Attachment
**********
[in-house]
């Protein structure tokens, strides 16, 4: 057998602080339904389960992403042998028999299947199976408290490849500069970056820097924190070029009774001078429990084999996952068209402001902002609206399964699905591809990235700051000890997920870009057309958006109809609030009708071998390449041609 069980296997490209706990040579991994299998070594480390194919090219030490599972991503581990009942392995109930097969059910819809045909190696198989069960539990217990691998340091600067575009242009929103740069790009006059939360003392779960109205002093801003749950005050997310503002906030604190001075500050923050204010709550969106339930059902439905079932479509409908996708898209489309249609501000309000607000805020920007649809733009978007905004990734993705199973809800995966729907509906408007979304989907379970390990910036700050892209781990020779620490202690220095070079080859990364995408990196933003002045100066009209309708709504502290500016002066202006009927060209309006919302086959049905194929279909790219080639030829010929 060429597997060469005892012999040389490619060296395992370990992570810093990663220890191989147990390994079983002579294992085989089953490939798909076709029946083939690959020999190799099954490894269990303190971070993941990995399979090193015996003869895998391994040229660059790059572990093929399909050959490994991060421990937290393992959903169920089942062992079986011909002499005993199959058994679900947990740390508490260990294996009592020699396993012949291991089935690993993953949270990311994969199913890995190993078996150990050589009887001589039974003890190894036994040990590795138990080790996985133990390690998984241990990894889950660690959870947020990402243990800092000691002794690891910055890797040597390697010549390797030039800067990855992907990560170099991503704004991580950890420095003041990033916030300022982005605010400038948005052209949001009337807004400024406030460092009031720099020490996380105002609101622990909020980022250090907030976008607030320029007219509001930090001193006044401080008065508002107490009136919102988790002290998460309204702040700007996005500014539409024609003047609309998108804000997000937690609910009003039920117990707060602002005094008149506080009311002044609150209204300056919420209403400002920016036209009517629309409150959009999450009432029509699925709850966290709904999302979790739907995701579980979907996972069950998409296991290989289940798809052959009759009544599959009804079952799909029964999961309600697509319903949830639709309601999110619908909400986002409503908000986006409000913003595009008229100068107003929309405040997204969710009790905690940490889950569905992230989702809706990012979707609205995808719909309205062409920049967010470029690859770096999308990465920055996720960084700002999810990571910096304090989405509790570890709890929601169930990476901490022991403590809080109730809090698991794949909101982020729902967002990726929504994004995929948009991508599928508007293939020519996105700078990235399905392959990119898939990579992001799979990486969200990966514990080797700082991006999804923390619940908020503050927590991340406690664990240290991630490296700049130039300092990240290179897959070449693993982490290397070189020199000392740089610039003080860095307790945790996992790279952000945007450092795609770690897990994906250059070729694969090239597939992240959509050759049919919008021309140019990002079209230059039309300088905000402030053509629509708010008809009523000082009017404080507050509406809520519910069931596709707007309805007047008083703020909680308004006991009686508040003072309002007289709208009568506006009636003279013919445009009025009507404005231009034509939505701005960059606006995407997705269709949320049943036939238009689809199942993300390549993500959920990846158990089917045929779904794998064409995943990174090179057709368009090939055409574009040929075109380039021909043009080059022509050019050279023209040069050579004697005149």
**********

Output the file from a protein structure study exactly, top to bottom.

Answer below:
[in-house]
């Protein structure tokens, strides 16, 4: 057998602080339904389960992403042998028999299947199976408290490849500069970056820097924190070029009774001078429990084999996952068209402001902002609206399964699905591809990235700051000890997920870009057309958006109809609030009708071998390449041609 069980296997490209706990040579991994299998070594480390194919090219030490599972991503581990009942392995109930097969059910819809045909190696198989069960539990217990691998340091600067575009242009929103740069790009006059939360003392779960109205002093801003749950005050997310503002906030604190001075500050923050204010709550969106339930059902439905079932479509409908996708898209489309249609501000309000607000805020920007649809733009978007905004990734993705199973809800995966729907509906408007979304989907379970390990910036700050892209781990020779620490202690220095070079080859990364995408990196933003002045100066009209309708709504502290500016002066202006009927060209309006919302086959049905194929279909790219080639030829010929 060429597997060469005892012999040389490619060296395992370990992570810093990663220890191989147990390994079983002579294992085989089953490939798909076709029946083939690959020999190799099954490894269990303190971070993941990995399979090193015996003869895998391994040229660059790059572990093929399909050959490994991060421990937290393992959903169920089942062992079986011909002499005993199959058994679900947990740390508490260990294996009592020699396993012949291991089935690993993953949270990311994969199913890995190993078996150990050589009887001589039974003890190894036994040990590795138990080790996985133990390690998984241990990894889950660690959870947020990402243990800092000691002794690891910055890797040597390697010549390797030039800067990855992907990560170099991503704004991580950890420095003041990033916030300022982005605010400038948005052209949001009337807004400024406030460092009031720099020490996380105002609101622990909020980022250090907030976008607030320029007219509001930090001193006044401080008065508002107490009136919102988790002290998460309204702040700007996005500014539409024609003047609309998108804000997000937690609910009003039920117990707060602002005094008149506080009311002044609150209204300056919420209403400002920016036209009517629309409150959009999450009432029509699925709850966290709904999302979790739907995701579980979907996972069950998409296991290989289940798809052959009759009544599959009804079952799909029964999961309600697509319903949830639709309601999110619908909400986002409503908000986006409000913003595009008229100068107003929309405040997204969710009790905690940490889950569905992230989702809706990012979707609205995808719909309205062409920049967010470029690859770096999308990465920055996720960084700002999810990571910096304090989405509790570890709890929601169930990476901490022991403590809080109730809090698991794949909101982020729902967002990726929504994004995929948009991508599928508007293939020519996105700078990235399905392959990119898939990579992001799979990486969200990966514990080797700082991006999804923390619940908020503050927590991340406690664990240290991630490296700049130039300092990240290179897959070449693993982490290397070189020199000392740089610039003080860095307790945790996992790279952000945007450092795609770690897990994906250059070729694969090239597939992240959509050759049919919008021309140019990002079209230059039309300088905000402030053509629509708010008809009523000082009017404080507050509406809520519910069931596709707007309805007047008083703020909680308004006991009686508040003072309002007289709208009568506006009636003279013919445009009025009507404005231009034509939505701005960059606006995407997705269709949320049943036939238009689809199942993300390549993500959920990846158990089917045929779904794998064409995943990174090179057709368009090939055409574009040929075109380039021909043009080059022509050019050279023209040069050579004697005149």